FIG. 8 shows the multiple alignment of human kidney hCNT1a, rat jejunal rCNT1, 4 rat liver SPNT (rCNT2) and E. coli nuc. The amino acid sequence of hCNT1a (650 amino acid residues) was deduced from the nucleotide open reading frame of clone pMHK1 (GeneBank™/EMBL Data Bank accession number U62966). Alignment of hCNT1a, rCNT1, SPNT (rCNT2 in our nomenclature)(Che et al. 1992) and E. coli nupC (Craig et al. 1994) was performed using the GCG PILEUP program. Amino acid residues in rCNT1, SPNT (rCNT2) and nupC identical to those in hCNT1a are highlighted. Conserved regions corresponding to rCNT1 PCR primers Q1 and Q2 are underlined.

FIG. 9 shows expression of hCNT1a in Xenopus oocytes. Oocytes were injected with either water alone or water containing hCNT1a RNA transcript. Influx of [3 H]uridine (10 μM) was determined in transport buffer containing 100 mM NaCl or 100 mM choline chloride.

FIG. 10 shows differences in the deduced amino acid sequences of hCNT1a and hCNT1 cDNAs produced by RT-PCR amplification of human kidney RNA. The sequences of three randomly selected hCNT1 RT-PCR clones (pMHK2-pMHK4) were aligned with hCNT1a Only one, hCNT1b (649 amino acid residues, plasmid pMHK2), exhibited uridine transport activity when expressed in oocytes (GeneBank™/EMBL Data Bank accession number U62967). Also included in the alignment was the open reading frame derived from direct sequencing of the RT-PCR product from which pMHK2-pMHK4 were cloned (GeneBank™/EMBL Data Bank accession number U62968). There was >99% identity between the five amino acid sequences. Putative polymorphic sites are boxed. Putatitive PCR-induced mutations are highlighted.

FIG. 11 shows concentration dependence of hCNT1a-mediated uridine influx. Oocytes were injected with either water alone (▴) or water containing hCNT1a RNA transcript (∘,). Influx of [3 H]uridine was determined in NaCl (▴,) or choline chloride (∘) transport buffer.

FIG. 12 illustrates the nucleoside specificity of hCNT1a (A) and hCNT1b (B). [3 H]Uridine influx (10 μM) was measured in hCNT1a and hCNT1b RNA transcript-injected oocytes in the absence (control) or presence of 1 mM of the nonradioactive physiological nucleosides (T, thymidine; C, cytidine; G, guanosine; I, inosine; A, adenosine; U, uridine) or 5 mM of the antiviral nucleoside analogs AZT and ddC. H2 O, water-injected oocytes. Fluxes were not corrected for the contribution of endogenous transport activity.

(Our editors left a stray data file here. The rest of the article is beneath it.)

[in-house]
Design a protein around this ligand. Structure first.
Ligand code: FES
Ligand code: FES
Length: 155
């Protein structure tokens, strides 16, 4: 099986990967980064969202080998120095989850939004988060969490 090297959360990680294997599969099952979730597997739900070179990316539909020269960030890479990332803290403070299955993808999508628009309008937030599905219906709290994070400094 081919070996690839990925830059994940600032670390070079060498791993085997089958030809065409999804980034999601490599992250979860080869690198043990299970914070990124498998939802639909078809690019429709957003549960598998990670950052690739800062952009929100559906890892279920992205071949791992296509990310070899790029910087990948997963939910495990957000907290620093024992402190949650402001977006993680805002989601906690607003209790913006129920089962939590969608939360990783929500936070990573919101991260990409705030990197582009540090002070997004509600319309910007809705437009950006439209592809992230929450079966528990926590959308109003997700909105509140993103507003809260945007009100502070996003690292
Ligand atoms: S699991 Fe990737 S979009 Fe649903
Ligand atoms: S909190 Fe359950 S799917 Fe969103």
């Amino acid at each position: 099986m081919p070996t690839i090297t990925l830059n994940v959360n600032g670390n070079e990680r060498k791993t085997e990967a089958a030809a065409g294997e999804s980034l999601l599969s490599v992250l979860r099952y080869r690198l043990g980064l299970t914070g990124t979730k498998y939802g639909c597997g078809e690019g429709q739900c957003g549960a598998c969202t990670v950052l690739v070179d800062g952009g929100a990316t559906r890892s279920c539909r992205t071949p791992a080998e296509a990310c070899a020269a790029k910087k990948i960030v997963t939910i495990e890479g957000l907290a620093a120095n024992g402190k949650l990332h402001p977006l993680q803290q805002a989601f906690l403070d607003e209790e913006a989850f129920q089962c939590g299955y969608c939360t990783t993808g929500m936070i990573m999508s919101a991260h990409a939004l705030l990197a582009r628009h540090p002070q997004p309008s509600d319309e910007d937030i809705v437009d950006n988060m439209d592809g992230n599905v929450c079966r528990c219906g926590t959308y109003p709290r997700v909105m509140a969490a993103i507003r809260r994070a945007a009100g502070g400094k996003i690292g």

FIG. 13 illustrates the inhibition of hCNT1a-mediated influx of uridine by adenosine, deoxyadenosine and guanosine. [3 H]Uridine influx (10μ) was measured in hCNT1a RNA transcript-injected oocytes in the absence or the presence of increasing concentrations (20 μM-21 mM) of nonradioactive adenosine (⊙), deoxyadenosine (▾) guanosine (). Fluxes were not corrected for the contribution of endogenous uridine transport activity.

FIG. 14 shows the transport of adenosine, deoxyadenosine and guanosine (μ) and AZT (B) by recombinant hCNT1a and rCNT1. Adenosine, guanosine and AZT (10 μM) fluxes were compared in the same batch of oocytes injected either with water (open columns) or with RNA transcript for hCNT1a or rCNT1 (hatched and solid columns, respectively). The inset to panel A shows results from a separate experiment comparing uptake of adenosine and deoxyadenosine.

FIG. 15 shows chromosomal mapping of the hCNT1 gene. Separate images of DAPI banded chromosomes and of FITC targeted chromosomes were captured by a thermoelectrically cooled charge coupled camera (Photometrics, Tuscon, Ariz.), overlaid electronically using image analysis software, and pseudo coloured blue (DAPI) and yellow (FTC). The band assignment was determined by measuring the fractional chromosome length and by analyzing the banding pattern generated by the DAPI counterstained image. A DAPI-banded chromosome 15 together with schematic idiogram is shown to indicate that the probe hybridized to q25-26.

DETAILED DESCRIPTION OF THE INVENTION

The present invention provides a cDNA sequence encoding an Na+ -dependent nucleoside transporter. The isolation, functional expression and chromosomal localization of cDNAs encoding human isoforms of rCNT1 is herein reported. This is the first molecular cloning of human NT cDNAs and the first demonstration that members of the CNT family of NT proteins and their associated transport activities exist in human cells. The present invention describes herein the isolation from human kidney of a series of cDNAs (pMHK1-pMHK4) encoding human homologs (hCNT1a and hCNT1b) of rCNT1 and their functional expression in Xenopus oocytes.

The present invention provides a new human nucleoside transporter protein by molecular cloning and functional expression of its cDNA. cDNAs for a human homolog of rCNT1, designated hCNT1, have now been isolated from human kidney by hybridization cloning and reverse transcriptase polymerase chain reaction amplification strategies. hCNT1 was 83% identical to rCNT1 in amino acid sequence and exhibited the transport characteristics of a Na+ -dependent nucleoside transporter with selectivity for pyrimidine nucleosides and adenosine when expressed in Xenopus oocytes. Deoxyadenosine, which undergoes net renal secretion, and guanosine were poor permeants. hCNT1 did, however, transport 3'-azido-3'-deoxythymidine. This is the first demonstration that members of the CNT family exist in human cells and provides evidence of their involvement in the renal transport of physiological nucleosides and nucleoside drugs. The hCNT1 gene was mapped to chromosome 15q25-26.